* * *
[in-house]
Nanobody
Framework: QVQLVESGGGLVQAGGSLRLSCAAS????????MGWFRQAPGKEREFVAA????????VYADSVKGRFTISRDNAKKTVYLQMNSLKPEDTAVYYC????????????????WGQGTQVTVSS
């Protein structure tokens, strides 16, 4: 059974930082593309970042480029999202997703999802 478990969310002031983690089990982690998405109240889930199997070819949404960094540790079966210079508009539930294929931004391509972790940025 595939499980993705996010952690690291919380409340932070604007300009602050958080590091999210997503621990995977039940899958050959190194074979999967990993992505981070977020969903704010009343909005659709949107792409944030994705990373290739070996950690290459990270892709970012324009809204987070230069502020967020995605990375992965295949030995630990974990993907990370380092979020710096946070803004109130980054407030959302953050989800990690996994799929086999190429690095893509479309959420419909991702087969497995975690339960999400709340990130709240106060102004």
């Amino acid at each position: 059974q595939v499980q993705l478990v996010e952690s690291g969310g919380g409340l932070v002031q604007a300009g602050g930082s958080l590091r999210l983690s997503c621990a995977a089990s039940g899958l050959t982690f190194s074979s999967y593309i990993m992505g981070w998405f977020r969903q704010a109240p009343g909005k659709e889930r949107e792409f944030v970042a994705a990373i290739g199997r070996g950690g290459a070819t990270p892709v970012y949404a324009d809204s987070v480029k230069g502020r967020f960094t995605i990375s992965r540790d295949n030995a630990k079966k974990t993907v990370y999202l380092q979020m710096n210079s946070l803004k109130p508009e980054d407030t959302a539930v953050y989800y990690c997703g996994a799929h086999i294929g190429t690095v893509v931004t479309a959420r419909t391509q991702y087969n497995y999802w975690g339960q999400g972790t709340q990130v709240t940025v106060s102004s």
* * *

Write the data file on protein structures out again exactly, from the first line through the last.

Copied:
[in-house]
Nanobody
Framework: QVQLVESGGGLVQAGGSLRLSCAAS????????MGWFRQAPGKEREFVAA????????VYADSVKGRFTISRDNAKKTVYLQMNSLKPEDTAVYYC????????????????WGQGTQVTVSS
């Protein structure tokens, strides 16, 4: 059974930082593309970042480029999202997703999802 478990969310002031983690089990982690998405109240889930199997070819949404960094540790079966210079508009539930294929931004391509972790940025 595939499980993705996010952690690291919380409340932070604007300009602050958080590091999210997503621990995977039940899958050959190194074979999967990993992505981070977020969903704010009343909005659709949107792409944030994705990373290739070996950690290459990270892709970012324009809204987070230069502020967020995605990375992965295949030995630990974990993907990370380092979020710096946070803004109130980054407030959302953050989800990690996994799929086999190429690095893509479309959420419909991702087969497995975690339960999400709340990130709240106060102004």
């Amino acid at each position: 059974q595939v499980q993705l478990v996010e952690s690291g969310g919380g409340l932070v002031q604007a300009g602050g930082s958080l590091r999210l983690s997503c621990a995977a089990s039940g899958l050959t982690f190194s074979s999967y593309i990993m992505g981070w998405f977020r969903q704010a109240p009343g909005k659709e889930r949107e792409f944030v970042a994705a990373i290739g199997r070996g950690g290459a070819t990270p892709v970012y949404a324009d809204s987070v480029k230069g502020r967020f960094t995605i990375s992965r540790d295949n030995a630990k079966k974990t993907v990370y999202l380092q979020m710096n210079s946070l803004k109130p508009e980054d407030t959302a539930v953050y989800y990690c997703g996994a799929h086999i294929g190429t690095v893509v931004t479309a959420r419909t391509q991702y087969n497995y999802w975690g339960q999400g972790t709340q990130v709240t940025v106060s102004s």